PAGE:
Strategic Philanthropy White Paper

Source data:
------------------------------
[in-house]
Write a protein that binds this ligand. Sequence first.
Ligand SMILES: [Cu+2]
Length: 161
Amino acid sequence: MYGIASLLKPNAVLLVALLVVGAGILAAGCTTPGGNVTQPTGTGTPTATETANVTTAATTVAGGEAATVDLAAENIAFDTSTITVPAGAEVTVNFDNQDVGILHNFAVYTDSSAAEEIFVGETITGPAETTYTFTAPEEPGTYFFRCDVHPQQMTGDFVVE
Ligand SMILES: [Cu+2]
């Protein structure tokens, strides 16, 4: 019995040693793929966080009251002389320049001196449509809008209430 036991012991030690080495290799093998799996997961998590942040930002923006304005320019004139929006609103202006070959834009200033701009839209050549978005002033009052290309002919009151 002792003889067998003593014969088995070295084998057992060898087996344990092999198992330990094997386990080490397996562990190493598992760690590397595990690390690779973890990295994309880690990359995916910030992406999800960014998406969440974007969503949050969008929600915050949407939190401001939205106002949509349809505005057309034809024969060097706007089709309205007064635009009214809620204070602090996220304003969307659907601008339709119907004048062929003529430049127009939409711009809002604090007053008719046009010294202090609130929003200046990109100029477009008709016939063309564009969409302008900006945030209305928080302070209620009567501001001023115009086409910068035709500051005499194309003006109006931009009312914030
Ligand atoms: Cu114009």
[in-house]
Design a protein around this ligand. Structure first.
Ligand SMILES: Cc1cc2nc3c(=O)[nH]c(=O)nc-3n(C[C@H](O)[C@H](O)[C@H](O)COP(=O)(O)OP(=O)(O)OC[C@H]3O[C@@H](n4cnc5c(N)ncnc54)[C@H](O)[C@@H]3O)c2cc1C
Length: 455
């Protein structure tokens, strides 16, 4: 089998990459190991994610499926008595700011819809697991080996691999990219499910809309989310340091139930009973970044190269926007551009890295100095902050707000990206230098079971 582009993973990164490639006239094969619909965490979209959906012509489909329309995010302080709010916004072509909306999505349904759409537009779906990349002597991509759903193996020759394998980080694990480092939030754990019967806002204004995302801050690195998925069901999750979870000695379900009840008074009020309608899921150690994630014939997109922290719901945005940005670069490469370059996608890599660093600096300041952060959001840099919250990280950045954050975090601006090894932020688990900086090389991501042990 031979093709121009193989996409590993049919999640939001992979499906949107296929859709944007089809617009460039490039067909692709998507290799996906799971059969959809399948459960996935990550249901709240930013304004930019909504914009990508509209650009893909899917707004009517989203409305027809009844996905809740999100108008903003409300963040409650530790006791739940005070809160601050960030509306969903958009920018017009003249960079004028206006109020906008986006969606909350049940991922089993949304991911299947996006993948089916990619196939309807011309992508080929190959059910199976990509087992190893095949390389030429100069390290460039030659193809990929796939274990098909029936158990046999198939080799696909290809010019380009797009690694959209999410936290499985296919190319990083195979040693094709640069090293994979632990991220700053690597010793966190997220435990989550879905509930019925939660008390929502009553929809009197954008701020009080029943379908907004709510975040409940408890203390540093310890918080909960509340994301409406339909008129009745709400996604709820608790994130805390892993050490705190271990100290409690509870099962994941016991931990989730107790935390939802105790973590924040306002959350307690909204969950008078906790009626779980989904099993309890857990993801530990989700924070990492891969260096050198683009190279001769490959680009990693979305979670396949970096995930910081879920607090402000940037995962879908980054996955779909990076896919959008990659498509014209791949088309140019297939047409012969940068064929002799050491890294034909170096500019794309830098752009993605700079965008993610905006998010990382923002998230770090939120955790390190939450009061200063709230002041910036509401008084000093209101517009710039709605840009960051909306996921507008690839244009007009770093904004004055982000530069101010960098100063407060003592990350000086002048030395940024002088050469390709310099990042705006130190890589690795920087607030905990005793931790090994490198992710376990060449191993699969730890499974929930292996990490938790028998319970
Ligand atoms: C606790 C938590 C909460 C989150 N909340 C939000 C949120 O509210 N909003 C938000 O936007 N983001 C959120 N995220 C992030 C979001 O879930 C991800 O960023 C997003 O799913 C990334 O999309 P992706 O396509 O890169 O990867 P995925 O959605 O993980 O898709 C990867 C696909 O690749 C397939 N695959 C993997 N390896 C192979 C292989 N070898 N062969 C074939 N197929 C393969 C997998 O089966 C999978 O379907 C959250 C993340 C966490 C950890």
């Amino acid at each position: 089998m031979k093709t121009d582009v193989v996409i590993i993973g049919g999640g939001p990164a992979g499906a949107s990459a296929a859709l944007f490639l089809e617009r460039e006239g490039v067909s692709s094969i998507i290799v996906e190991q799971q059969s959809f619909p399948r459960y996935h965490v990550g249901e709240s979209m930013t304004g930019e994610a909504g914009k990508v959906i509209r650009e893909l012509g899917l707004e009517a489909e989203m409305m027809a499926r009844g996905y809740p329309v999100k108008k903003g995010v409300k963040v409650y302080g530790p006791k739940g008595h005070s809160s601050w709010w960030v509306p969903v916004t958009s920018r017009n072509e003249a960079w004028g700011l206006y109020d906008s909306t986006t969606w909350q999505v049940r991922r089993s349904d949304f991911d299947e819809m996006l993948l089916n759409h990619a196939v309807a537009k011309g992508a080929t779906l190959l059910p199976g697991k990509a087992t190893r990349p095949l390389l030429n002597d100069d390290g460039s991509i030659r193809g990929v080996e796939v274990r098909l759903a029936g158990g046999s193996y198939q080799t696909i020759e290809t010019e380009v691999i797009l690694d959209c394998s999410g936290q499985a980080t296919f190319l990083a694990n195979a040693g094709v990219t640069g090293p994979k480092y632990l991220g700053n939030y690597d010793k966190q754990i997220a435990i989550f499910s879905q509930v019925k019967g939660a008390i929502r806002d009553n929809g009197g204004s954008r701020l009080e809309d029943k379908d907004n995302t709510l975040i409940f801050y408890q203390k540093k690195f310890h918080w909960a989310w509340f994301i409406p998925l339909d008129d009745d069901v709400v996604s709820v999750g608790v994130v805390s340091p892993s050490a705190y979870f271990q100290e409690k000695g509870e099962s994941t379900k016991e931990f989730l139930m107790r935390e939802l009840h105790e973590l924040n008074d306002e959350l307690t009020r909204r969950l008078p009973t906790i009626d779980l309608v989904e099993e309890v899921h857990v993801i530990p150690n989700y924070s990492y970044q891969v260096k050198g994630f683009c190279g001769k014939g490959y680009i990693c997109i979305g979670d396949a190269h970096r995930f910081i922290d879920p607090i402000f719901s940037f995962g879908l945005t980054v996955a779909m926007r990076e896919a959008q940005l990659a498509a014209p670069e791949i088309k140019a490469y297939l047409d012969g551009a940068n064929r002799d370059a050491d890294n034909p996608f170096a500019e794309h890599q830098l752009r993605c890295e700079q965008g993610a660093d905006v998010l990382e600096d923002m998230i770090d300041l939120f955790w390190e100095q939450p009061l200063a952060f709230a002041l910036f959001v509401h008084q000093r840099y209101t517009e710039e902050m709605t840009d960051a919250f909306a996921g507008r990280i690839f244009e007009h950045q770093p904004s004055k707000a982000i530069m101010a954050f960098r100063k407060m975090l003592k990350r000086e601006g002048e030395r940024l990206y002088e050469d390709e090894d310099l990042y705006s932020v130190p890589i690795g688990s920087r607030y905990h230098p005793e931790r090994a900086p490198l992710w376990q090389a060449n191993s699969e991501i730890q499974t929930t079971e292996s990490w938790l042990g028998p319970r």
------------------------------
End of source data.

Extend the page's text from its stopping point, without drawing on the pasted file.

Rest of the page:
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1. Strategic Philanthropy Creating Opportunity, Building Wealth, and Driving Community Change 2. Publication Authors: Janet Boguslaw, PhD, and Elizabeth Paulhus, MPP, of The Institute on Assets and Social Policy (IASP), The Heller School for Social Policy and Management, Brandeis University. IASP conducts strategically framed research, evaluations, and analysis to inform policy and institutional change, enabling vulnerable populations to build resources and access opportunities to live securely and participate fully in all aspects of social and economic life. iasp.brandeis.edu Funding for this publication was generously provided by the Citi Foundation 3. 3 For decades, foundations have invested in a range of approaches that enable families to move forwardto live in safe homes and communities, start their own businesses, pursue education, secure jobs and advance careers, access health care, and save for the future. Despite these investments, the gap continues to widen between the haves and have-nots, driven by barriers that are increasingly complex, intertwined, and exacerbated by dwindling public and private resources. In this context, new and more collaborative solutions are needed for advancing and sustaining greater economic security, opportunities for growth, and upward mobility. A mounting body of evidence demonstrates that when sector- based investments in education, housing, microenterprise, job training, health care, or community development are connected through a framework of asset building, the impacts are stronger and more sustainable. Through this strategic approach, foundations increase the scale and scope of their work, and more effectively shift the trajectory from vulnerability to opportunity for many of the nations families. Whether new to the asset building conversation or a proven pioneer, funders will find in this paper compelling evidence about the increased importance and relevance of connecting asset building to existing grant making strategies. This paper illuminates why assets matter and how foundations across sectors are investing in asset building for greater collective impact. It also provides guidance for foundations looking for ways to leverage the asset building framework to advance the impact of their work. the Facts In the United States: n 44% of all families and 63% of minority families do not have sufficient liquid financial assets to sustain their households at the poverty level for three months if they lose their income.1 n 36% of all senior citizens are at risk of outliving their resources. A large percentage of the elderly population lives on the precipice of economic insecurity.2,3 n 54% of all U.S. households lack sufficient financial assets to make investments in opportunities that increase financial mobility, such as buying a home, creating a business, or investing in their childrens education.4 Asset building provides individuals, families, and communities with greater economic security and opportunities for growth. 4. Assets Deliver Community and Family Stability Assets provide individuals, families, and communities with greater economic security and opportunities for growth. Assets provide a secure base from which families can address day-to-day challenges, absorb financial shocks, pursue education, start a business, and access economic opportunities. Assets are resources that can be drawn upon in times of need and leveraged for mobility. Income alone, which can be unpredictable, is not sufficient. With assets, households move from making ends meet to planning for their future. Assets enable families to build and pursue a path to prosperity and upward mobility. What Is Asset Building? Asset building is a strategy to enable greater access to economic security and opportunities, particularly for low-income communities and communities of color. With assets, people move from making ends meet to planning for their future. assets enable people to: Remain stable through financial emergencies Live with housing security Pursue a path to prosperity and upward mobility Pursue higher education for themselves or their children Take risks that result in a better job or starting a business Retire securely Asset building consists of programs, policies, institutional practices, and tools that enable individuals, families, and communities to build a strong foundation of resources they can draw upon to meet more than their basic survival needs. Financial savings and long-term asset building create the capacity to invest in and plan for the future, and to achieve security, stability, upward mobility, and well-being. Assets include: n Homes n Cash savings n Stocks and bonds n Good health n Vehicles n Retirement accounts n Business ownership n Education n Job skills and experience n Health care n Social networks n Community services Personal resources Human and social resources 4 5. Why Assets are needed When people build assets, they benefit in many ways. Asset building contributes economically, socially, and psychologically to family and community well-being. The evidence is strong: Buffer against Economic Shocks Families with enough savings to cover three months of expenses are less likely to be food insecure, behind on their bills, and unable to meet basic needs when an unexpected income loss occurs.5,6 n Nearly 57 percent of low-income families with children report that they would have to borrow money immediately to manage household costs if they lost their jobs.7 n One in three families do not have enough liquid assets to live at the federal poverty level for three months if they become unemployed. This figure increases to 68 percent among families in the bottom income quintile.8 n In 2010, 74 percent of families with incomes under $25,000 did not have any emergency funds.9 Improve Family Health Assets positively impact health outcomes10,11 and serve as an important resource in preventing and mitigating family stress.12 Good health in the earliest years enables children to thrive and grow up to be healthy adults.13 n Economically insecure families often experience health problems due to inadequate food, stress, and limited access to health providers.14,15,16 n More than one quarter of people in households with incomes under $25,000 lacked health insurance in 2011.17 n An estimated 29 million people have used up all of their savings to pay medical bills. Due to medical expenses, 17 million have incurred credit card debt, 22 million were unable to pay for basic necessities like food, heat, and rent, and 4 million declared bankruptcy.18 Increase Retirement Security Retirement savings supplement Social Security benefits and increase the likelihood that senior citizens will have enough money to live in dignity and maintain well-being.19 n Economic insecurity is on the rise among seniors, climbing from 27 percent in 2004 to 36 percent in 2008.20 n Among seniors, nearly half of single women, African Americans, and Hispanics do not have enough resources to cover their basic expenses in retirement.21,22 n This insecurity is likely to grow in future generations, since 34 percent of workers have no savings earmarked for retirement, outside of Social Security.23 Advance Racial and Gender Equity Asset building policies and programs help close the wealth gap and achieve greater racial and gender equity through improved access to and opportunities for homeownership, savings, business ownership, and work benefits.24,25 n In 2009, the median wealth of White households was 20 times greater than that of African American households and 18 times greater than that of Hispanics.26 n Women own only 36 percent as much wealth as men, despite gains in income.27 n African American and Hispanic families are five times less likely than White families to receive an inheritance or a large intergenerational transfer such as a home, thus putting each new generation at a disadvantage.28 Expand Educational Opportunities for Children Children in families with assets are more likely to enroll in and graduate from college, which expands their opportunities for financial stability.29,30 n The likelihood of going to college increases if children have savings in their own name.31 n Four in ten families with children under 18 have not begun saving for their childs higher education.32 n Children from families with net worth greater than $50,000 are twice as likely to graduate from college as children from families with negative or zero net worth.33 Generate New Opportunities Assets enable families to invest in education, homeownership, and other opportunities. They provide financial growth and stability, thus shifting the focus from the short-term to the long-term.34, 35 n African American, Hispanic, and Native American children under the age of five are three times as likely as whites to live in households with little income and few or no assets.36 Since parents with assets can use them to assist their children with paying for education, making car payments, or providing a down payment on a first home, children growing up in families without assets are at a disadvantage.37,38 n Those who inherit money have median net financial assets nearly six times larger than those who do not inherit.39 n Only 2 percent of households with net worth below $50,000 owned a small business compared to nearly 6 percent of households with net worth between $100,000 and $249,999, and 25 percent with net worth between $500,000 and $999,999.40 5 6. 6 Asset Building Opportunities across Sectors Yield Greater Collective Impact Over the past 20 years the asset building field has evolved, in part, through the support of numerous funders including the Citi Foundation, C.S. Mott Foundation, Ford Foundation, Walter and Elise Haas Fund, and Levi Strauss Foundation, who invested in research and strategies such as childrens savings accounts and IDA programs that have helped low-income families save for a home, start a small business or fulfill educational aspirations. Recognizing that the challenges facing families and communities are too complex for any single organization or sector to address effectively alone, foundations are intentionally framing investments as asset building to reach across sectors and involve many partners. Working in complementary ways, foundations are leveraging resources and catalyzing outcomes that could not otherwise be realized. This approach is proving to be both effective and fiscally smart. In an environment of shrinking public and private resources, strategically integrating asset building across sectors and leveraging existing systems paves the way for both sustainability and scale. The following are examples of how foundations are investing in and supporting asset building across sectors, ultimately helping families and communities shift from getting by to getting ahead. workforce Development In the Greater University Circle section of Cleveland, Ohio, significant disinvestment had occurred and unemployment was widespread, leading to neighborhoods with high poverty rates and little opportunity. After a roundtable discussion on community wealth-building sponsored by several local foundations, it was determined that the best response to the problem was to connect individuals with good jobs with benefits, room for advancement, and higher pay. Through this strategy, families would take steps toward financial stability and security, and neighborhoods would benefit from new investments and energy. In 2008, the Cleveland Foundation allocated $3 million toward the design and creation of the Evergreen Cooperative Initiative. Local anchor institutions (e.g. the Cleveland Clinic, Case Western Reserve University, University Hospitals) agreed to shift some of their spending on services like laundry to new worker-owned cooperatives based in these neighborhoods. One of the first businesses to open was the Evergreen Cooperative Laundry, which employs 50 local residents and cleans 10 to 12 million pounds of linens each year. This model provides not only good jobs with a living wage and health benefits, but also enables workers to be owners of the company and gain equity.41 The cooperatives offer a place of employment for many who are considered hard to employ because of criminal backgrounds or other barriers.42 Workers receive technical training for the job as well as broader training and development in time management and punctuality, balancing life and work, containing costs, and how to be an employee and owner.43 In addition, the next generation of leaders will come from the current workers, so individuals are being groomed and educated for positions of leadership.44 The Evergreen Cooperative Initiative brings greater stability and economic security to workers and their families, helps them acquire assets through better pay and business equity, and strengthens the local economy and neighborhood. The model of creating worker-owned cooperatives has begun to spread in other U.S. cities hit hard by disinvestment, such as Pittsburgh, PA and Springfield, MA. Microenterprise and Small Business In areas of high unemployment and minimal job creation, self- employment is often one of the only viable options. Drawing on knowledge of the community and its needs, small business and microenterprise development provides employment for owners and those they are able to hire. Launching a new business can be a challenge because potential entrepreneurs deplete their resources while unemployed or have limited or no savings or collateral, poor or no credit histories, and irregular employment. They find it difficult, in turn, to access mainstream financial services to start a business. Turning creative ideas into productive enterprises is nearly impossible without access to capital. Since 1994, ACCION Texas has loaned more than $100 million to start or grow small businesses and microenterprises that Foundations can invest in and support asset building, ultimately helping families and communities shift from getting by to getting ahead. 7. 7 could not receive loans through conventional methods.45 The organization is supported by a broad coalition of funding partners, including community, regional, and national foundations, city governments, banks, and federal and state agencies.46 These microloans play an especially important role for minorities and low- to moderate-income business owners. Entrepreneurs are able to buy equipment and inventory, have working capital, and improve their credit scores so that they can receive future loans through mainstream financial institutions. ACCION Texas also offers technical assistance and financial education to borrowers to help prevent delinquencies and default. A 2009 study found that the investments made by ACCION Texas had a 60 percent social return on investment, meaning that every dollar they invested brought back 60 cents in small business earnings.47 With loans from ACCION Texas, entrepreneurs are creating and developing new businesses and jobs, building business equity, increasing incomes, and revitalizing their communities.48 Access to Education Each year, hundreds of thousands of students who are eligible for Pell grants or subsidized federal loans do not fill out the Free Application for Federal Student Aid (FAFSA), because they believe they are ineligible or do not understand how to complete the form.49 Consisting of more than 100 questions and asking detailed questions about a familys finances, the FAFSA can be complex and confusing. Without access to federal financial aid, students may choose not to attend college or may enroll as part- time students. This latter group has very high college dropout rates 59 percent at four-year private colleges and 70 percent at two- and four-year public schools.50 To help low-income students enroll in college, finance their education, and ultimately graduate, the National Community Tax Coalition (NCTC), with support from the Citi Foundation, created the Financial Aid U (FAU) program. FAU assists students in accessing the financial aid for which they are eligible. Through FAU partnerships with local schools and educational organizations, community-based, free tax-preparation agencies help low-income students and families complete the FAFSA at no cost when they come in to file their taxes. At that time families can also receive free financial aid education and counseling. The impact of this program is clear. According to NCTC, nearly two-thirds of the students assisted in 2010 and more than half of those assisted in 2011 and 2012 have enrolled in higher education programs. Furthermore, 83 percent of the students who enrolled in 2011 maintained their college enrollment in 2012.51 Individuals with more education typically have better access to good jobs and greater economic security and mobility than their less-educated peers. College graduates, on average, have higher earnings than those with a high school degree or less.52 College Completion Community colleges enroll nearly half of all U.S. undergraduate students, yet less than half of all students who enroll in community college leave with a degree or certificate six years later.53 Consequently, these students often accumulate debt without earning a degree that improves their chances of earning a living wage. Central New Mexico Community College is combating this problem through an innovative asset building initiative called CNM Connect. Funded in part by the Annie E. Casey Foundation, the W.K. Kellogg Foundation, the Kresge Foundation, and the Bank of America Charitable Foundation, CNM Connect offers the colleges 30,000 students access to a holistic blend of financial and supportive services and coaching that help promote student success. CNM Connect already shows promise as an effective approach for retaining students.According to the college, first-time students who accessed CNM Connect in fall 2011 had a retention rate of approximately 80 percent, compared to 72 percent for those who did not. Of the non-first-time students who used the services in fall 2011, 79 percent returned for the 2012 spring semester, compared to only 67 percent of those who did not access services.54 Several colleges from around the country have met with CNM about implementing similar models. 8. 8 Investing in asset building has never been more important for our nations families, communities, and economy. Recommendations for Funders. Opportunities for Collective Action Investing in asset building has never been more important for our nations families, communities, and economy. Although foundations traditionally have played a key role by financially supporting programs and policy changes that level the playing field and increase wealth-building opportunities for all, some of the most effective foundations are now doing more than simply funding programs. They are mobilizing the wide range of resources and expertise at their disposal to build knowledge, networks, capabilities, and capacities that will endure beyond funding cycles. In doing so, they are helping to reshape the discourse about what is possible and demonstrating that seemingly diverse interests and issues can be aligned to build sustainable change in the social and economic well-being of families and communities. The following strategies can help both experienced asset builders and those new to the field advance these collective goals. Support Financial Capability Providing families with financial guidance and access to appropriate financial services gives them the tools needed to save and invest. Foundations should consider providing support for timely and relevant financial guidance, as well as raising awareness with grantees of the importance of promoting access to safe and affordable financial services.55 Many families do not know how to effectively leverage income into wealth and find it difficult to identify financial products that meet their needs.56 Financial education is not enough. Programs need to take into account the financial service issues and needs of their clients to successfully create both short- and long-term success. Access to basic financial services like a savings account, coupled with money management skills, is a critical first step to building assets and financial opportunity.57 Minimum balances, checking fees, restricted credit, and limited access to banking locations often lead low-income families to use alternative financial services like payday lenders and pawnshops, which charge high fees.58 Some community organizations have begun partnering with financial service providers such as banks and credit unions to connect their clients with safe and affordable financial products that meet their needs and help them get ahead. Promote Integrating and Bundling of Services Integrating asset building initiatives into human services, community colleges, and other venues is an important new model for the field. Foundations can encourage their grantees to integrate asset building into their existing programs or to establish co-located services to help reach people closer to home. Offering a continuum of services to families in one location creates an effective and efficient platform for access and engagement. The deliberate bundling, sequencing, and delivery of key services shows promise for increasing the likelihood that families achieve major economic milestones. Co-locating financial services, higher education, housing assistance, and financial education with traditional social service provision provides more opportunities for multiple and sequential access.59,60,61,62 Collaborate and Engage Stakeholders When foundations collaborate with each other and with other partners (e.g. banks, universities), they can fund asset building initiatives and evaluations at a scale that otherwise would not be possible. Foundations can encourage collaboration among their grantees and can network with each other to promote asset building. 9. Foundations are uniquely positioned to serve as catalysts for asset building, connecting and leveraging the resources of stakeholders who strive to increase family health, well-being, and advancement. The examples presented in this paper demonstrate evidence of a new and effective approach. Integrating asset building into the portfolios and missions of foundations produces sustainable and scalable results. Philanthropic investments can have a tremendous impact on advancing and sustaining greater economic security and upward mobility. By supporting asset building opportunities, foundations enable families and communities to move from surviving to thriving, from vulnerability to opportunity, and from insecurity to long-term well-being. Foundations can exert their influence as conveners and bring together potential partners and stakeholders to determine how asset building initiatives can address the needs of a community. Often, initiatives are too large for one foundation to undertake alone, so they can collaborate with other funders or partners to leverage additional resources. Foundations can serve as connectors who help their grantees establish new, sustainable relationships. They can enhance their asset building work by sharing insights and experiences with other foundations, nonprofits, and governments. Research and Evaluate Effectiveness Investing in research that demonstrates needs and models innovations is crucial to the development of asset building. Foundations can fund evaluations of their grantees asset building initiatives to determine what works most effectively in enabling families to get ahead. The need and demand has been growing for rigorous evaluations to better understand the effectiveness of interventions and help focus scarce resources and competing priorities. By supporting evaluations of their grantees initiatives, foundations can ensure that their funds are spent most effectively. These evaluations also help grantees to retool existing programs and initiatives to better address the needs of their clients. Additional evidence-based research is needed to build the policy case and demonstrate why governments, foundations, and other parties should prioritize asset building. Inform Public Policy Data and analyses can inform public policy decisions at all levels of government, thereby improving governments role in leveling the playing field and enabling families to grow and retain their economic self-sufficiency. Foundations can fund research, education, and engagement that informs policy changes, which in turn impact both immediate consumer needs and longer-term public goals. By investing public resources in programs that help people make key investments such as Pell grants for education, the GI Bill, and down payment assistance for first time homeowners, the U.S. government has helped families build assets.63 Conversely, federal and state policies and institutional structures have created barriers for certain populations over generations by limiting asset accumulation64 or have enabled certain families to build assets while leaving others behind. Public policy is a critical piece in ensuring that low-income families have a fair shot at getting ahead. It creates opportunities to build and preserve assets alongside other income supports and measures that alleviate poverty and build prosperity. 9 10. endnotes 1 CFED. Liquid asset poverty rate. Retrieved from http:// scorecard.assetsandopportunity.org/2013/measure/liquid- asset-poverty-rate. Liquid assets are resources that can be liquidated quickly like cash, bank accounts and other interest-earning assets, equity in stocks, mutual funds and retirement accounts. 2 Meschede, T., Sullivan, L.,Shapiro, T.M. (2011). From bad to worse, senior economic security on the rise (Living Longer on Less Series). Waltham, MA: Institute on Assets and Social Policy. 3 Ratcliffe, C.,Zhang, S. (2012). U.S. asset poverty and the great recession. Washington, DC: Urban Institute. 4 Shapiro, T.M., Oliver, M.L.,Meschede, T. (2009). The asset security and opportunity index. Waltham, MA: Institute on Assets and Social Policy. 5 McKernan, S., Ratcliffe, C.,Vinopal, K. (2009). Do assets help families cope with adverse events? Washington, DC: Urban Institute. 6 Mills, G.B.,Amick, J. (2010). Can savings help overcome income instability? Washington, DC: Urban Institute. 7 Bynner, J. (2001). The effect of assets on life chances. In J. BynnerW. Paxton (Eds.), The asset-effect. London: IPPR. 8 Ratcliffe, C.Vinopal, K. (2009). Are families prepared for financial emergencies? Washington, DC: Urban Institute. 9 Lusardi, A. (2010). Americans financial capability (Report for the Financial Crisis Inquiry Commission). 10 Shonkoff, J. (n.d.). InBrief: executive function: skills for life and learning. Cambridge, MA: Harvard University, Center on the Developing Child. 11 Bynner, J.Dspotidou, S. (2001). The effects of assets on life chances. London, UK: Center for Longitudinal Studies, Institute for Education. 12 Rothwell, D.Han, C. (2009). Assets as a resource variable in the stress management of low-income families. St. Louis, MO: Center for Social Development. 13 Shonkoff, P.Phillips, D.A. (Ed.). (2000). From neurons to neighborhoods: the science of early child development. Washington, DC: National Academy Press. 14 Hampton, T. (2007). Food insecurity harms health, well-being of millions in the United States. JAMA, 298(16), 1851-1853. 15 American Psychological Association. (2102). Stress in America: our health at risk. 16 Collins, S.R., Davis, K., Doty, M.M.,Ho, A. (2004). Wages, health benefits, and workers health. New York, NY: The Commonwealth Fund. 17 DeNavas-Walt, C., Proctor, B.D.,Smith, J.C. (2012). Income, poverty, and health insurance coverage in the United States: 2011. United States Census Bureau. 18 Mahon. M.Fox, B. (2011). New health insurance survey: 9 million adults joined ranks of uninsured due to job loss in 2010; few viable health insurance options exist for unemployed. New York, NY: The Commonwealth Fund. Retrieved from http://www. commonwealthfund.org/News/News-Releases/2011/ Mar/New-Health-Insurance-Survey.aspx 19 Meschede, T., Shapiro, T.M.,Wheary, J. (2009). Living longer on less: the new economic (in)security of seniors. Waltham, MA: Institute on Assets and Social Policy. 20 Meschede, T., Sullivan, L.,Shapiro, T.M. (2011). From bad to worse: senior economic insecurity on the rise. Waltham, MA: Institute on Assets and Social Policy. 21 Meschede, T., Sullivan, L.,Shapiro, T.M. (2011). The crisis of economic insecurity for African-American and Latino seniors. Waltham, MA: Institute on Assets and Social Policy. 22 Meschede, T., Cronin, M., Sullivan, L.,Shapiro, T.M. (2011). Rising economic insecurity among senior single women. Waltham, MA: Institute on Assets and Social Policy. 23 U.S. Social Security Administration. Social security basic facts. Retrieved from http:// www.ssa.gov/pressoffice/basicfact.htm. 24 Insight Center for Community Economic Development. (2009). Laying the foundation for national prosperity: the imperative of closing the racial wealth gap. 25 Chang, M.L. (2010). Fact sheet: women and wealth in the United States. 26 Kochhar, R., Fry, R.,Taylor, P. (2011). Wealth gaps rise to record highs between Whites, Blacks, Hispanics. Washington, DC: Pew Research Center. 27 Chang, M.L. (2010). Shortchanged: why women have less wealth and what can be done about it. New York, NY: Oxford University Press. 28 McKernan, S., Ratcliffe, C., Simms, M.,Zhang, S. (2011). Private transfers, race, and wealth. Washington, DC: The Urban Institute. 29 Conley, D. (2001). Capital for college: parental assets and postsecondary schooling. Sociology of Education. 74(1), 59-72. 30 Zhan, M.Sherraden, M. (2009). Assets and liabilities, educational expectations and childrens college degree attainment. St. Louis, MO: Center for Social Development. 31 Elliott III, W.Beverly, S. (2001). The role of savings and wealth in reducing wilt between expectations and college attendance. Journal of ChildrenPoverty, 17(2), 165-185. 32 Sallie Mae. (2010). How America saves for college: Sallie Maes national study of parents with children under 18 conducted by Gallup. 33 Zhan, M. (2012). The impact of youth debt on college graduation. St. Louis, MO: Center for Social Development. 34 Sherraden, M. (1991). Assets and the poor: a new American welfare policy. Armonk, NY: M.E. Sharpe, Inc. 35 Shobe, M.Page-Adams, D. (2001). Assets, future orientation, and well-being: exploring and extending Sherradens framework. Journal of SociologySocial Welfare, 28(3), 109-127. 36 The Insight Center for Community Economic Development. (2011). Diverging pathways: how wealth shapes opportunity for children. 37 Kotlikoff, L.J.Summers, L.H. (1981). The role of intergenerational transfers in aggregate capital accumulation. The Journal of Political Economy, 89(4), 706-732. 38 Shapiro, T.M. (2004). The hidden cost of being African American: how wealth perpetuates inequality. New York, NY: Oxford University Press. 39 Ibid. 40 McKernan, S.Chen, H. (2005). Small business and microenterprise as an opportunity- and asset- building strategy. Washington, DC: Urban Institute. 41 Evergreen Cooperatives. Meet our worker owners. Retrieved from http://evergreencooperatives. com/businesses/meet-our-worker-owners/. 42 Wang, E. The Cleveland Evergreen Cooperatives: building community wealth through worker-owned businesses. Retrieved from www.community-wealth.org/_pdfs/news/ recent-articles/10-11/article-wang-filion.pdf. 43 Ibid. 44 Ibid. 45 ACCION Texas. Our impact. Retrieved from http://www.acciontexas.org/our-impact.html. 46 ACCION Texas. Why support us. Retrieved from http://www.acciontexas.org/why-support-us.html. 47 TXP, Inc. (2009). Economic and community impact of ACCION Texas-Louisiana, 1994-2009. 48 ACCION Texas. Our mission. Retrieved from http://www.acciontexas.org/our-mission.html. 49 Kantrowitz, M. (2011). Reasons why students do not file the FAFSA. Retrieved from www.finaid. org/educators/20110118nofafsareasons.pdf. 50 Shapiro, D., Dundar, A., Chen, J., Ziskin, M., Park, E., Torres, V.,Chiang, Y. (2012). Completing college: a national view of student attainment rates. National Student Clearinghouse Research Center and Project on Academic Success. 51 Data were provided by National Community Tax Coalition directly to Citi in one of their grant reports. 52 Carnevale, A.P., Smith, N.,Strohl, J. (2010). Help wanted: projections of jobs and education requirements through 2018. Washington, DC: Georgetown University Center on Education and Workforce. 53 Achieving the Dream. The challenge. Retrieved from http://www.achievingthedream.org/goal/challenge. 54 Whissemore, T. (2013). Revamping student services requires a change in campus culture. Community College Times. Retrieved from http:// www.communitycollegetimes.com/Pages/ Campus-Issues/Revamping-student-services- requires-a-change-in-campus-culture.aspx. 55 Center for Financial Services Innovation and Asset Funders Network. (2008). Financial services and asset building brief. Retrieved from http://www. cfsinnovation.com/publications/article/330508. 56 U.S. Department of the Treasury, the Presidents Advisory Council on Financial Capability. Key themes for Presidents Advisory Council on Financial Capability. Retrieved from www.treasury.gov/resource-center/ financial-education/Documents/Key_Themes.pdf. 57 CFSI and AFN. 58 Applied ResearchConsulting, LLC. (2009). Financial capability in the United States: initial report of research findings from the 2009 national survey. New York, NY: FINRA Investor Education Foundation. 59 Center for Working Families. (2010). An integrated approach to fostering family economic success: how three model sites are implementing the Center for Working Families approach. 60 Brennan, M.,Lubell, J. (2012). Ideas for housing policy and practice. Washington, DC: Center for Housing Policy. 61 Brooks, J., Brooks, R.H.,Medina, J. (2012). Integrating financial empowerment strategies into housing and homelessness prevention programs. Washington, DC: CFED. 62 Leland, R. (2006). Asset building strategies for family economic security: implications for change and best practices. Washington, DC: Institute for Social and Economic Development. 63 Steuerle, C.E. (2012). How asset development policies align with tax and budget reform. Written for the Asset Funders Network. 60 Examples include the Homestead Act of 1862, the Jim Crow laws, and the Federal Housing Administration and redlining. 10 11. Asset Funders Network (AFN) AFN provides grant makers with valuable opportunities to learn and connect. From veteran practitioners to newcomers with fresh ideas, AFN provides a safe and neutral forum for candid conversations among peers with similar and opposing views. Our programming increases the capacity of our members to more effectively promote economic opportunity and security and make better strategic funding decisions. Formed in 2005, AFN is a community of foundations and grant makers serving as a catalyst to promote and strengthen economic opportunity and financial security for all Americans. To learn more and to become involved in advancing the field, please visit AFN on the web at www.assetfunders.org 12. www.assetfunders.org